Dr. Emanuela Kucik
Assistant Professor of English and Africana Studies
- B.A. with Highest Distinction (Summa Cum Laude, Phi Beta Kappa), English, University of North Carolina at Chapel Hill
- M.A., English, Princeton University
- Certifications: American Literature, with a concentration in Comparative Race and Ethnicity Studies; Holocaust Literature; Genocide Literature
- Ph.D., English, Princeton University
- Doctoral Graduate Certificate in African American Studies, Princeton University
I am currently serving as the Co-Director of the Africana Studies Program alongside Dr. Connie Wolfe. I am also affiliated with the Jewish Studies Program and the Women's and Gender Studies Program, and I am the faculty advisor to the Black Students Association.
I teach interdisciplinary courses that examine the intersections of race, genocide, and human rights violations through the study of twentieth-century and contemporary literature(s). In courses such as Genocide and Blackness, Holocaust Literature, Global Black Literature, and Literature of Genocide, I guide students toward expanded understandings of concepts we think we know, including genocide, Blackness, and literature. I use these innovative definitions to both help students understand how marginalized populations have used literature to combat violence and to highlight how literature emphasizes our global humanity by reminding us that we are citizens of one world, connected to not only the people waiting for us at home, but also to those we will never meet, except within the pages of our books.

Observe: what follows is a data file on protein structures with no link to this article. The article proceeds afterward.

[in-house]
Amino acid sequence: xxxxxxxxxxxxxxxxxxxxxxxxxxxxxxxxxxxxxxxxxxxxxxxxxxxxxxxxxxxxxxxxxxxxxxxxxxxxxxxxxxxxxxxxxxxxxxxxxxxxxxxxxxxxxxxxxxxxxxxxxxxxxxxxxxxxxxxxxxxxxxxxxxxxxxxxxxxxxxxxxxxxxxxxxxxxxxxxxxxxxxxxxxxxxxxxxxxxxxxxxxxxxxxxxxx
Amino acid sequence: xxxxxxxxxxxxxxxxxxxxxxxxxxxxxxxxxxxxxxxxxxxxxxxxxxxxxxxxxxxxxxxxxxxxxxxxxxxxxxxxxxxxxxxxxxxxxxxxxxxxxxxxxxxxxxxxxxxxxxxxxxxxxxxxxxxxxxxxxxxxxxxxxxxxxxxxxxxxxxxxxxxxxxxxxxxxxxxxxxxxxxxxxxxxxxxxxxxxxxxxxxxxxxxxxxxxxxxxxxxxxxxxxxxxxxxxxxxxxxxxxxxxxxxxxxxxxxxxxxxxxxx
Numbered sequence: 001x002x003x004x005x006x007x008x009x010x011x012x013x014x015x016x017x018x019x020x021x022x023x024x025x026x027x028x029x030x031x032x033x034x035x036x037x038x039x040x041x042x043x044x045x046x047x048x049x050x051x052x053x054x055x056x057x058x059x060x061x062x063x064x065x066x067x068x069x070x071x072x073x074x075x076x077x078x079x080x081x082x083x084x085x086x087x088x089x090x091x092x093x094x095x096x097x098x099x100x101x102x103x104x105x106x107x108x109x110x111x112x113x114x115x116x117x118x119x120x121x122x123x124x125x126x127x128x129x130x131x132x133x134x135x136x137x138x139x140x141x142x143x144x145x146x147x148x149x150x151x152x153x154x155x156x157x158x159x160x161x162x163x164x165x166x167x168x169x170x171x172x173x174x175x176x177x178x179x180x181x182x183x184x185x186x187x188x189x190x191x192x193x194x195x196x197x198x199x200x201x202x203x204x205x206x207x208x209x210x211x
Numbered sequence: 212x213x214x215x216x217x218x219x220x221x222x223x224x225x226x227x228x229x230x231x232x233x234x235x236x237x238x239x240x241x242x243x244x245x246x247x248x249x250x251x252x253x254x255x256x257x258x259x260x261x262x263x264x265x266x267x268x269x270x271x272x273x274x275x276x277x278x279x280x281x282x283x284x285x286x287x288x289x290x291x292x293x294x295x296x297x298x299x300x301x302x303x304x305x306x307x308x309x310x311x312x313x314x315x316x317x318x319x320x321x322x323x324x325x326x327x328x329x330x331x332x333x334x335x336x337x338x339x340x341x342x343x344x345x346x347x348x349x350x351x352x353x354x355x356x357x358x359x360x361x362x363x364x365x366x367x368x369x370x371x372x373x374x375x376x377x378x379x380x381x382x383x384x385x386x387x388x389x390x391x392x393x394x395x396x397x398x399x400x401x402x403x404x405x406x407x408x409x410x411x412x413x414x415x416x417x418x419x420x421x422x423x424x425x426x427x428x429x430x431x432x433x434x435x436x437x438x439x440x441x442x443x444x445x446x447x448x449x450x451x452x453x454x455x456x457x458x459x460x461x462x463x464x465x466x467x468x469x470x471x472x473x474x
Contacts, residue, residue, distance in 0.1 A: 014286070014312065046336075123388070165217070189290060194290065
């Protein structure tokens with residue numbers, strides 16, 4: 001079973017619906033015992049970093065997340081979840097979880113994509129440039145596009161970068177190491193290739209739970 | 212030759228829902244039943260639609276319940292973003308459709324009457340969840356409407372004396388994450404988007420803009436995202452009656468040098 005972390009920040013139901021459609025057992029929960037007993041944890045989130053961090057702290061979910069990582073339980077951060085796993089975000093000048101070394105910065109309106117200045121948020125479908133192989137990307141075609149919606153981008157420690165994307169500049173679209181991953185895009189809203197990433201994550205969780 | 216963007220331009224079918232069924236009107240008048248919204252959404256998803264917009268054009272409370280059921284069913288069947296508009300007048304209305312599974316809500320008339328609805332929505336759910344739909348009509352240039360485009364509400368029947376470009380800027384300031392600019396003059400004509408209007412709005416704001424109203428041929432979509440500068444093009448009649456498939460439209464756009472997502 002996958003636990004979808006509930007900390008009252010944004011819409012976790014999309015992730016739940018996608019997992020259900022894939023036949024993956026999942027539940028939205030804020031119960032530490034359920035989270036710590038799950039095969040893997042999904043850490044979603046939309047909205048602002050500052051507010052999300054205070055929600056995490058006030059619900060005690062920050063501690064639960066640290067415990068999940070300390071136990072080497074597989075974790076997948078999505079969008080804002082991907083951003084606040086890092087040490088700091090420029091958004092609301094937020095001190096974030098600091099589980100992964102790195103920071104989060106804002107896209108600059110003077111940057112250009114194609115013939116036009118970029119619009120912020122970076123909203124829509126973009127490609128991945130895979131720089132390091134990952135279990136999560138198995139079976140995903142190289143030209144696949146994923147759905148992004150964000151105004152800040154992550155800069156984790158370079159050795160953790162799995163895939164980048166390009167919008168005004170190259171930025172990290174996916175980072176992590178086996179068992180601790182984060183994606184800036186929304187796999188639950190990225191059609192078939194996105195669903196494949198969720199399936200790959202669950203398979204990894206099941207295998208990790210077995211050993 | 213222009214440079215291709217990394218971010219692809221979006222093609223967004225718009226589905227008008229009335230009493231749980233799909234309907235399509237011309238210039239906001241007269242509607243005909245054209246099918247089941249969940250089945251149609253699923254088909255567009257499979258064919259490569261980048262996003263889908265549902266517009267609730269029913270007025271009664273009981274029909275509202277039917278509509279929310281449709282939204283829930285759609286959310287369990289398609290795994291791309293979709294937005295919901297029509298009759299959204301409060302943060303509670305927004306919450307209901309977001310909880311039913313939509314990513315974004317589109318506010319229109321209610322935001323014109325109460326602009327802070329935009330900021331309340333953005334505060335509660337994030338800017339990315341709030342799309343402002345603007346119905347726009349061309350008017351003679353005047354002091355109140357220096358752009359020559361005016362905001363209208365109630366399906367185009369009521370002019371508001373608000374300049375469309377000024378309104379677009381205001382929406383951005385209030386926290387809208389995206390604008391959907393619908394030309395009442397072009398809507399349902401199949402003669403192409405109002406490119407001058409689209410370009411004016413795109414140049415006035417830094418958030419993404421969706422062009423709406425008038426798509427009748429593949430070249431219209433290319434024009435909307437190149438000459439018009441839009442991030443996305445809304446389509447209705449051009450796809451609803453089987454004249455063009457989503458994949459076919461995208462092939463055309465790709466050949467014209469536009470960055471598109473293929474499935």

Amid the currents of violence swirling around us, I lead students to literature to illustrate how renowned authors have struggled with the same questions that haunt them, such as “Where do I fit into freedom fighting movements? What can I do to fix our world?” Using these questions as guideposts on a hopeful path to transformation, I create spaces in which students can find answers in the imaginative, creative possibilities of literature; in our class discussions; and, ultimately, in themselves.
Research, Scholarship or Creative/Artistic Interests